A philosophical musing on the death penalty centered around a PB&J sandwich, a superhero courtroom drama, musicals about the postal service and the afterlife, historical fiction about the Lincoln assassination, a play about patents and Play-Doh and a 10-minute piece set entirely on a rollercoaster. These plays all have one thing in common: They sprang from the mind of Luke Herzog ’24. This past spring, Herzog’s two-person play titled Pulling the Switch, largely inspired by the book Gruesome Spectacles by Professor Austin Sarat, won the prestigious John Cauble Award for Outstanding Short Play at the Kennedy Center American College Theater Festival. His other works have been honored at multiple festivals across the country. We sat down to discuss the play, the prize, the peanut butter and much more.
Q: How did you become interested in writing plays?
A: I discovered theater in high school. What I love about it is that I think it’s the most collaborative art form. When you put on a play, it's really putting together a team. Amherst has a great wealth of really talented actors, stage managers and set/lighting designers. So I love that aspect of it.
And then, not to sound conceited, but you can't really sit and watch someone read your book the way you can sit in an audience and watch people react to your play. There’s something fun about the live energy of theater that you can’t get anywhere else.
Q: Can you tell us a little about Pulling the Switch and how Professor Sarat’s book inspired you to write it?
A: I wrote the play during a Covid gap year spent with some other students in Williamsburg, Virginia. We lived two blocks from Colonial Williamsburg, and it was really funny: We’d see milkmaids driving Subarus, and our next-door neighbor was the blacksmith. The play is about two prison inmates, who are also prison cooks tasked with preparing someone’s last meal request: a peanut butter and jelly sandwich. The twist comes when they realize that the prisoner is fatally allergic to peanuts and is trying to take their own life. The cooks wrestle with whether or not to make him the sandwich. It’s very dark. I wanted to write about capital punishment through the lens of the last meal tradition, which is a very bizarre, archaic idea. But I think it’s a good starting point to talking about the absurdity that is capital punishment in this country.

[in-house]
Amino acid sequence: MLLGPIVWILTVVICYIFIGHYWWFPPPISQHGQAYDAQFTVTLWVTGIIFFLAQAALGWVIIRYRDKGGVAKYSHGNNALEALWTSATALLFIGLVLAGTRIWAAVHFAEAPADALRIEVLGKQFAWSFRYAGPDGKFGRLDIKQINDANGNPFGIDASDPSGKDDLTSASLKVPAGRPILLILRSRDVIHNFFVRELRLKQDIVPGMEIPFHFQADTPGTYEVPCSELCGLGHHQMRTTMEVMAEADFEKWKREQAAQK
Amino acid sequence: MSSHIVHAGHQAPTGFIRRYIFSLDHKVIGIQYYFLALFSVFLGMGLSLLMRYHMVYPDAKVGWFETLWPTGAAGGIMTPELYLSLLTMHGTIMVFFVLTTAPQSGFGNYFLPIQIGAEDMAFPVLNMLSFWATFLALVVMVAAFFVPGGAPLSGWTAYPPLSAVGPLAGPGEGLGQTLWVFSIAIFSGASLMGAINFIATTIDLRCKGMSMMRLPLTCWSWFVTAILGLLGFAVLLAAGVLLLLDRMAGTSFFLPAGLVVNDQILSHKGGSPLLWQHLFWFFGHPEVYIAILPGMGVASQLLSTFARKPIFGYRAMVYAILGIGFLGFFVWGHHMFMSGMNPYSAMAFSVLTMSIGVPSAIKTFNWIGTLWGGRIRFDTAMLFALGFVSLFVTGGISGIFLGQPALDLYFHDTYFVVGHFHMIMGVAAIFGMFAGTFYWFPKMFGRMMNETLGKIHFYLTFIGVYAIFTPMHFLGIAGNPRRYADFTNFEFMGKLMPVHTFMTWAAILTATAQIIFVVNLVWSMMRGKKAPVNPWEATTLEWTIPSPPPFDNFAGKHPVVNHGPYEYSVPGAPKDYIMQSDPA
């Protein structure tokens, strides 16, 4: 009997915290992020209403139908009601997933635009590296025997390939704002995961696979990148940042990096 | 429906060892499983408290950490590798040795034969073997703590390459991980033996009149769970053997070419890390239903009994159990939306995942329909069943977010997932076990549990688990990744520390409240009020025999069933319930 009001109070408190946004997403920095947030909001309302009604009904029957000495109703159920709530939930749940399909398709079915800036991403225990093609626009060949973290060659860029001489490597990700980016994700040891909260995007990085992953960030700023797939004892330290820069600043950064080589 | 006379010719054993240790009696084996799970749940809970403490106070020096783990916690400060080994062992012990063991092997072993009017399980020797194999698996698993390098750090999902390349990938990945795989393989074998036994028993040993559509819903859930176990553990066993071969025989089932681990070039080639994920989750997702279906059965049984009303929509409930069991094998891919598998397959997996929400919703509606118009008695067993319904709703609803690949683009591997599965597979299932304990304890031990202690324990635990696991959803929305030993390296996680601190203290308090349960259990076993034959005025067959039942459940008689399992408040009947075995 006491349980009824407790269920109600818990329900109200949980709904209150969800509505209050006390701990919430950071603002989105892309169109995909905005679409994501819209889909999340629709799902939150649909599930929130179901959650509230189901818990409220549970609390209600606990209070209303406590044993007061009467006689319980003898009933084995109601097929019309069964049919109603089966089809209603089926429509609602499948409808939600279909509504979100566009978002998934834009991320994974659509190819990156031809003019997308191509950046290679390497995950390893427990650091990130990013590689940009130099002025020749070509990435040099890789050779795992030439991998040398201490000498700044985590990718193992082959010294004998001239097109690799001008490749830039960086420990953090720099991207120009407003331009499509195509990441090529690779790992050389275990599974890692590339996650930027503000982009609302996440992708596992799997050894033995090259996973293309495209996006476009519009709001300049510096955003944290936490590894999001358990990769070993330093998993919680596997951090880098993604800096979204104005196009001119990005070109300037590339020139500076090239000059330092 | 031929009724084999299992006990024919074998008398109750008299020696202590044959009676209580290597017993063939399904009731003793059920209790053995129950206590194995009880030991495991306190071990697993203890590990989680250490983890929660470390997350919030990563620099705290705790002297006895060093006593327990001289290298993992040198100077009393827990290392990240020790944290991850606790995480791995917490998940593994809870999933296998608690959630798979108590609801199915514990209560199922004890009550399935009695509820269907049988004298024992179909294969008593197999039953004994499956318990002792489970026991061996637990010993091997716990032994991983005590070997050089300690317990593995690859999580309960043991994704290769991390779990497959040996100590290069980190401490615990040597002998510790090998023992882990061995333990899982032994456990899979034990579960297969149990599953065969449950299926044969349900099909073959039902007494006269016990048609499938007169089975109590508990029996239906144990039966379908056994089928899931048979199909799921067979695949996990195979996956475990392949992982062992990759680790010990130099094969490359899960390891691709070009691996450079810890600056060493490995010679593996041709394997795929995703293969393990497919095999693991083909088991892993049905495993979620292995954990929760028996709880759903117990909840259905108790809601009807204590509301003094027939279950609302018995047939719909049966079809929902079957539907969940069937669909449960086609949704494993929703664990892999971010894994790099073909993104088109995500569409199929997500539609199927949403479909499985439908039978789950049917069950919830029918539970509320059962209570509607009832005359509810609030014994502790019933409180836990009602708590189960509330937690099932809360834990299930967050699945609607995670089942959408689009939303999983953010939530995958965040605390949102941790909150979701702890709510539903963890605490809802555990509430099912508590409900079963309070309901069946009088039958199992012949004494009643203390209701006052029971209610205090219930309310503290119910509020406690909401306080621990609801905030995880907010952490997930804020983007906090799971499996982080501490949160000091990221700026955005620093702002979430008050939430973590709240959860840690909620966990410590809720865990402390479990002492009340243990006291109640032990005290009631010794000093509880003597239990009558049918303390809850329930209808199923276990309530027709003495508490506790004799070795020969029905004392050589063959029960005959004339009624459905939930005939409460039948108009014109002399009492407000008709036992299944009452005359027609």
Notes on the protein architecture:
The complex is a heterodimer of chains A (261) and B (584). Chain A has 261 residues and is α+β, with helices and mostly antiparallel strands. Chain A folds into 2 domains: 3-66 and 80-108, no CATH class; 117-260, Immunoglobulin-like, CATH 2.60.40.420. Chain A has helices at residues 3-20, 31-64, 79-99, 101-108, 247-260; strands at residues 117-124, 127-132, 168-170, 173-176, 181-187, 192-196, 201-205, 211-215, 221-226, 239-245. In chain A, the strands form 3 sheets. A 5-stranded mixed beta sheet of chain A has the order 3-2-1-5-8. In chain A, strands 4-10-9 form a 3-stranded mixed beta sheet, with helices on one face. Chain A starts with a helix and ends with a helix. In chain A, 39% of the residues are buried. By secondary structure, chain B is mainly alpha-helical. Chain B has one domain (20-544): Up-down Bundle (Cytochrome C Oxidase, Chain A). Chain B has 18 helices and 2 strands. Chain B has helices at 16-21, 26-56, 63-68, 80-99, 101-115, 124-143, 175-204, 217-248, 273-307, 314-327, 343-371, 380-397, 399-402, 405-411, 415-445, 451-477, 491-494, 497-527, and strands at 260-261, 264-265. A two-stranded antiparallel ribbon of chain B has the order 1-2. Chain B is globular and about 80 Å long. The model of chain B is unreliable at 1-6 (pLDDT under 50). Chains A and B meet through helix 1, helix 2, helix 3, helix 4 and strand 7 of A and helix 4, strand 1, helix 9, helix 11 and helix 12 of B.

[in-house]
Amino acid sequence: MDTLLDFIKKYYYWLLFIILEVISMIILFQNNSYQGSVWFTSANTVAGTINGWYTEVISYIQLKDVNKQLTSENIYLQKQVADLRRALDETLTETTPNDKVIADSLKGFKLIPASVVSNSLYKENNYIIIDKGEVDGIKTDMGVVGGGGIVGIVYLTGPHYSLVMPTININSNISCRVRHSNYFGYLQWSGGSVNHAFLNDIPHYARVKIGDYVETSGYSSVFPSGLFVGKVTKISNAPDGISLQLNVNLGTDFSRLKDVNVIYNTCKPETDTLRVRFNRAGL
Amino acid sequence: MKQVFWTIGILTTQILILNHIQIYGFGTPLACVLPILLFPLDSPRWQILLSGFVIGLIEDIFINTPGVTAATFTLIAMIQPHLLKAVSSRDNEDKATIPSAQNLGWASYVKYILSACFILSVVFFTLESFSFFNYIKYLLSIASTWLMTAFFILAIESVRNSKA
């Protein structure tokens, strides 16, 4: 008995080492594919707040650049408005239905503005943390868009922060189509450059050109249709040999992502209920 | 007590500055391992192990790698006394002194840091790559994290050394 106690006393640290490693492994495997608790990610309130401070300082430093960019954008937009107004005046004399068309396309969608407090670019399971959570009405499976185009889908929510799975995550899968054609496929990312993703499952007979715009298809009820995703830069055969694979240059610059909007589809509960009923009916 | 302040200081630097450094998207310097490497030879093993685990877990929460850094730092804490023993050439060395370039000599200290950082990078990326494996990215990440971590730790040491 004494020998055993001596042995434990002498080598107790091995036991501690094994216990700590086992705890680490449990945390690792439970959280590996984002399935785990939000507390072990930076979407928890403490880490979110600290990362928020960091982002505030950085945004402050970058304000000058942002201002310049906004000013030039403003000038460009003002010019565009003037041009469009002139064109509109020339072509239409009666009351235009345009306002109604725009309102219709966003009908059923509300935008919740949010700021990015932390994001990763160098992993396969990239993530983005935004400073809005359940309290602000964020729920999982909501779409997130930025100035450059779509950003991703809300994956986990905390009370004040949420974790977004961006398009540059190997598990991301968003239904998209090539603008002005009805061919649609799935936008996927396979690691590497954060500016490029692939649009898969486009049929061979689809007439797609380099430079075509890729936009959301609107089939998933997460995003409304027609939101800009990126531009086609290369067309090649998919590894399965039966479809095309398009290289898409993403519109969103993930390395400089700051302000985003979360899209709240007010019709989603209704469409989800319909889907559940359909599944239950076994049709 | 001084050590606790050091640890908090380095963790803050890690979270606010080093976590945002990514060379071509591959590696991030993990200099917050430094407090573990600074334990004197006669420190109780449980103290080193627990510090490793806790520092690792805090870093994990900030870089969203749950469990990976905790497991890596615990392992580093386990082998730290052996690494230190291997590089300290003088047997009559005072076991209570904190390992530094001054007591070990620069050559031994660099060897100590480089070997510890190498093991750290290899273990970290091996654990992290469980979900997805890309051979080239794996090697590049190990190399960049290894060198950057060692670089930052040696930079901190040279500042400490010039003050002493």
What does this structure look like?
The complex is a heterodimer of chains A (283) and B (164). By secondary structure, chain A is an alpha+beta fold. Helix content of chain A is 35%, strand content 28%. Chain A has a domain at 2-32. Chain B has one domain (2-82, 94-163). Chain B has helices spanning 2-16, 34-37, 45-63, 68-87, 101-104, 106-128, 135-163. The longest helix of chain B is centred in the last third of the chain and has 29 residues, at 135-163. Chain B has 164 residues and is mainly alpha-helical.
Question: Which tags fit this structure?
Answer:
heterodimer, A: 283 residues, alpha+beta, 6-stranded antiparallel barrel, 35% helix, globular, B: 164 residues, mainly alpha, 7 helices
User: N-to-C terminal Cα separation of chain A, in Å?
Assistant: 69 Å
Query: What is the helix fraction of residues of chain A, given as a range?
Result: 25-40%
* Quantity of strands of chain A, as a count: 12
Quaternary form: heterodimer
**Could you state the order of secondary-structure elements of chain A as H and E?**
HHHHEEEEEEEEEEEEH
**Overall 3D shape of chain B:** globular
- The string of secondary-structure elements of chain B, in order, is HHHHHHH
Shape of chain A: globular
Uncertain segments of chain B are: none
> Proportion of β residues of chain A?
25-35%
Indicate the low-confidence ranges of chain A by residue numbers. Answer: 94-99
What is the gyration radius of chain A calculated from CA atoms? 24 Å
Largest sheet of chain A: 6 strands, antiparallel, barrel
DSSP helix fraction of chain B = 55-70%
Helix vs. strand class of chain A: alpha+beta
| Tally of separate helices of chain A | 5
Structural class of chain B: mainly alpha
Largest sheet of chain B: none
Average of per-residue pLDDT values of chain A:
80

Gruesome Spectacles is a really morbid but interesting account of all sorts of botched executions throughout the years. A lot of the book’s anecdotes found their way into the play. I haven’t actually taken any of Austin Sarat’s classes, but I read his book and I sent him the script. I also found a book that was a collection of real last-meal requests in the U.S. A lot of those meal requests found their way in, too. Some are all the person’s favorite foods. Some people make a statement, like by asking for a single unpitted olive. One person asked for a giant list of dishes, and then when the food arrived, they didn’t touch anything. That made Texas discontinue the last-meal policy altogether. The origin of the tradition is that it was supposed to appease the ghosts of people who were executed.
Q: What was your experience like staging and directing the play on campus and then bringing it to the Kennedy Center? And what are you working on now?
A: It was so great. I got to work with Sterling Kee ’23 and Matt Vitelli ’24, two of the most talented actors on campus, and two of my closest friends in the world. We performed in Ford Hall and a lot of people from campus came out to see it. It was part of a triple feature with two other student-written one-acts. With Sterling and Matt, we had a month to work on it, but at the Kennedy Center, we only had a day to prepare for the staged reading. One of the actors actually had experience working with inmates, and the other, the more comedic role, had experience with The Second City, the improv group. That whole experience was incredible.
The prize comes with automatic membership in the Dramatists' Guild and a developmental residency in the future. There were lots of workshops and seminars and I met some other really talented college playwrights. The highlight for me was being able to sit in on the rehearsal for my own play and see how seriously they took it.
On campus, I do a lot with student theater/improv groups like Ghostlight, Mr. Gad’s House of Improv and The Green Room. I’m currently editing a final draft of a full-length play called We Open on a Red Desert. It takes place in the near future right before a Mars landing, and the premise is that NASA secretly hires six Hollywood screenwriters to brainstorm what the first words on Mars will be. So the whole play is these screenwriters with big egos debating that. I’m hoping they put it on next semester. Everyone has been so supportive on campus. It’s been an exciting couple of months!